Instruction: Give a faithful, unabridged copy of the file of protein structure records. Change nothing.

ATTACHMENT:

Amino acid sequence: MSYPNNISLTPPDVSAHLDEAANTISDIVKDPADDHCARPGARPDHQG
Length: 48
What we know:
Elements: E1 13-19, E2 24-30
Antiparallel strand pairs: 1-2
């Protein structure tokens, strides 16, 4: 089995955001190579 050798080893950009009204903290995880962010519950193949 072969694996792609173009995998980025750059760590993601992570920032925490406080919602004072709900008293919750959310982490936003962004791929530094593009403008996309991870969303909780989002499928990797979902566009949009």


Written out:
Amino acid sequence: MSYPNNISLTPPDVSAHLDEAANTISDIVKDPADDHCARPGARPDHQG
Length: 48
What we know:
Elements: E1 13-19, E2 24-30
Antiparallel strand pairs: 1-2
């Protein structure tokens, strides 16, 4: 089995955001190579 050798080893950009009204903290995880962010519950193949 072969694996792609173009995998980025750059760590993601992570920032925490406080919602004072709900008293919750959310982490936003962004791929530094593009403008996309991870969303909780989002499928990797979902566009949009």